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Fri Feb 8, 2013, 11:49 AM

What Itís Like to Experience New Technology After 25 Years in Jail

http://gizmodo.com/5974555/what-its-like-to-experience-new-technology-after-25-years-in-jail

When I went to prison, in 1987, Motorola manufactured the large, gray cellphone that I used. People referred to it as "the brick." It had the capacity to send or receive phone calls, but there wasn't any text messaging back then.

I also had a pager, but it could only transmit digits, as I recall. I had a personal computer manufactured by IBM with a DOS operating system that I didn't really understand and 40 megabytes of memory. I was told that was a big deal. I linked the computer to an Epson dot-matrix printer, and I remember the perforated paper fed through on a track system that easily derailed. It was a hassle.

Technology has changed considerably during the 25 years that I served. I read extensively during my term of incarceration, but reading about technology felt a bit like reading about typing. Regardless of how much I read, I wouldn't grasp the power of technology until I started using it. Forget the power, I don't even understand the language of technology. For example, I never understood what people meant when they spoke of a "browser." In fact, I just asked my wife to define a browser, and when she described it as a program that would allow me to access the Internet, I gave her a blank stare.

...

I served more than 25 years in prison, and I haven't yet been free for five full months, so maybe others can understand my ignorance on the subject of technology. I can accept that volumes of basic information are beyond my ability to comprehend right now, but with everything I have to learn, I don't know whether I'll ever grasp all that I need to know. I don't have any idea what a "server" is, and I don't know much about how to make my content available to the people who need it. Truthfully, technology isn't the only area that makes me feel as if I'm living in a time warp, but I'll post a different response for those areas of my ignorance.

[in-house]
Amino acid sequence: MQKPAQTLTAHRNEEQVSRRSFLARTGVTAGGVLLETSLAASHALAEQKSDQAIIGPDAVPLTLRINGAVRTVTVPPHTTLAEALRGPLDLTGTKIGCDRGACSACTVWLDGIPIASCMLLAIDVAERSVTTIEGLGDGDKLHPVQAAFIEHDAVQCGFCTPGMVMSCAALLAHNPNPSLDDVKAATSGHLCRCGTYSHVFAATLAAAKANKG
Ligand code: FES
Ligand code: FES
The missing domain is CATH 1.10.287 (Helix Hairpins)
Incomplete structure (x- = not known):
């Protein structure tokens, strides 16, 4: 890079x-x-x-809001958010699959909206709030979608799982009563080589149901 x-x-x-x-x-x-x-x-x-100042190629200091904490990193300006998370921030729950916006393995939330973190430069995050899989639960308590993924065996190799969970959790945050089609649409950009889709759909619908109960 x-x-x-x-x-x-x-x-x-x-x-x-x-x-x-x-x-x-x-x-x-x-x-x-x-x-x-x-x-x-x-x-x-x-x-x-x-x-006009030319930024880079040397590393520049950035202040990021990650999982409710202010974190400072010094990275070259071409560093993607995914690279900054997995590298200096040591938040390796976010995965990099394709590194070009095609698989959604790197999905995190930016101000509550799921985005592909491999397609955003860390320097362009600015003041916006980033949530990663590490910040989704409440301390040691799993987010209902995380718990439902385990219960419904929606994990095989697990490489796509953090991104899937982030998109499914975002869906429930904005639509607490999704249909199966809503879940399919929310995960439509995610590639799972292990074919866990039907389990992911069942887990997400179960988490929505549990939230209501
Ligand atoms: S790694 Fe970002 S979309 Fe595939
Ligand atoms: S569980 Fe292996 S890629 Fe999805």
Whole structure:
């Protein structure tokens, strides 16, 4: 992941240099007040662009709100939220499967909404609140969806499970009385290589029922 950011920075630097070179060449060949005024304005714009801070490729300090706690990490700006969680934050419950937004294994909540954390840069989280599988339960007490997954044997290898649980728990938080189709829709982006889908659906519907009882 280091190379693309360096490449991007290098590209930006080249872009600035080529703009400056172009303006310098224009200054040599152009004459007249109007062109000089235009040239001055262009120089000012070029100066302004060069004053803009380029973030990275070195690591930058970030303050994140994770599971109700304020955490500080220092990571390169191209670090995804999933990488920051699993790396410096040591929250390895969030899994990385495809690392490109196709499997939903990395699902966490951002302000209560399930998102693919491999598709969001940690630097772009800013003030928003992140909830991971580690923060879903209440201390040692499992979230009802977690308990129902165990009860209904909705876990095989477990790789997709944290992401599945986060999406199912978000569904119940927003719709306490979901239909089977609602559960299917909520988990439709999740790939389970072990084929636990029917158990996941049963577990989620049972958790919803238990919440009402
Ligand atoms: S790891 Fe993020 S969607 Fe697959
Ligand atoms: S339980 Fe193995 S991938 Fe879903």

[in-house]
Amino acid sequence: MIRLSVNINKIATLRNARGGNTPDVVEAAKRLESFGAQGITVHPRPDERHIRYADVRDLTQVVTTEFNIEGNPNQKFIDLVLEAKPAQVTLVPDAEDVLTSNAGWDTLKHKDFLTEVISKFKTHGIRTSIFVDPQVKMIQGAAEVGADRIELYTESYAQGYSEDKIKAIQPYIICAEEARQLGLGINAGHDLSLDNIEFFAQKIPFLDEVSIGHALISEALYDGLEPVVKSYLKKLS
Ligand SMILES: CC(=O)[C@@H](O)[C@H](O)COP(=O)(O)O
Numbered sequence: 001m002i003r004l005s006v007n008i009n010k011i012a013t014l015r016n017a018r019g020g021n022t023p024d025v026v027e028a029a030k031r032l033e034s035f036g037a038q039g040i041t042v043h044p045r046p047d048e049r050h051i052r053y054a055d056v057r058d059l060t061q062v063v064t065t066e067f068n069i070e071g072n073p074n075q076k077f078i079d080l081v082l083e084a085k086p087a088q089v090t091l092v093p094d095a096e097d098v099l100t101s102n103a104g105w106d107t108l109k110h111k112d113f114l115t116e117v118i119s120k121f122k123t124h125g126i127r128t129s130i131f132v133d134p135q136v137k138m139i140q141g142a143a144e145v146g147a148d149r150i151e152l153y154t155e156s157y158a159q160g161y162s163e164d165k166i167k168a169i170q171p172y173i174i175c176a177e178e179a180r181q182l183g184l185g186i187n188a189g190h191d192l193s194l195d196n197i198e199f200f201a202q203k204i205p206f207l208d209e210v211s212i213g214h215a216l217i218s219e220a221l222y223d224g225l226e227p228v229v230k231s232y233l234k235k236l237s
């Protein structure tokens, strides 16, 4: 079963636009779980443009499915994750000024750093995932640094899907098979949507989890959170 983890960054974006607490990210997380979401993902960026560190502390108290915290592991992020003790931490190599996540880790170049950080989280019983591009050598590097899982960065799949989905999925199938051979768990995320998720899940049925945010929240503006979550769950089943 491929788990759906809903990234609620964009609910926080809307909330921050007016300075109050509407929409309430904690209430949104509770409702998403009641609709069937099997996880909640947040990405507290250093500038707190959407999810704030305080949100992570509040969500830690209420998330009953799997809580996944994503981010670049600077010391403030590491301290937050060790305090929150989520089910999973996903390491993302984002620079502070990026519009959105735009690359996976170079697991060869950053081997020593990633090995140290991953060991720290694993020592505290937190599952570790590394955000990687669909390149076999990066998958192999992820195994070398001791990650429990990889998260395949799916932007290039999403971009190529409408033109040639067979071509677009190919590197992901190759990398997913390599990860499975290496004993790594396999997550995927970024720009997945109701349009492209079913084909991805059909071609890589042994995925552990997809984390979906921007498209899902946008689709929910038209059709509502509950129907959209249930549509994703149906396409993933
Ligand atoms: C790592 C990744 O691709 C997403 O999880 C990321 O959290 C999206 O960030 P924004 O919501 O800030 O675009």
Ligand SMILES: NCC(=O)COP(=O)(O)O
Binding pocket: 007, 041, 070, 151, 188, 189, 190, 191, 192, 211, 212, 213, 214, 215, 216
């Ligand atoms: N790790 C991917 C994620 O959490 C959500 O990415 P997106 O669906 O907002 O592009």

Fascinating essay.

13 replies, 1332 views

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Arrow 13 replies Author Time Post
Reply What Itís Like to Experience New Technology After 25 Years in Jail (Original post)
Recursion Feb 2013 OP
gcomeau Feb 2013 #1
Recursion Feb 2013 #2
gcomeau Feb 2013 #4
Cooley Hurd Feb 2013 #6
Skink Feb 2013 #3
Cooley Hurd Feb 2013 #5
LineLineLineNew Reply ?
gcomeau Feb 2013 #7
Cooley Hurd Feb 2013 #8
gcomeau Feb 2013 #9
Cooley Hurd Feb 2013 #11
gcomeau Feb 2013 #12
Cooley Hurd Feb 2013 #13
oberliner Feb 2013 #10

Response to Recursion (Original post)

Fri Feb 8, 2013, 12:06 PM

1. BS detector is going off

They have computers in prison. None of this passes the smell test.

Edit: dude got his masters and was working on his PhD in prison. We epect he never had access to a computer during this entire time?

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Response to gcomeau (Reply #1)

Fri Feb 8, 2013, 12:16 PM

2. Depends on the prison and the security level

I don't know where he was or what he was in for.

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Response to Recursion (Reply #2)

Fri Feb 8, 2013, 12:25 PM

4. According to Wikipedia

He started in maximum for drug trafficking, but worked his way to a minimum security fenceless by the time he was released. There is little reason to believe he did that and earned a Masters and got partway through a PhD without ever managing to get access to a computer along the way. He wasn't in for cyber crime, there would be zero reason to impose special restrictions preventing access to technology to him.

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Response to gcomeau (Reply #4)

Fri Feb 8, 2013, 12:27 PM

6. wiki doesn't know definitely about this.

I do.

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Response to gcomeau (Reply #1)

Fri Feb 8, 2013, 12:18 PM

3. Chinese prison.

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Response to gcomeau (Reply #1)

Fri Feb 8, 2013, 12:25 PM

5. actually, computers are verboten on every level in prison

My brothers were CO's and they will attest that inmates were never, under no circumstance, allowed near a computer.

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Response to Cooley Hurd (Reply #5)

Fri Feb 8, 2013, 12:29 PM

7. ?

http://www.tulsaworld.com/news/article.aspx?subjectid=11&articleid=20100727_11_A9_Inmate764515

HOMINY ó Aaron Tuhacek is the first person in his family to get a college degree, and he did so in prison.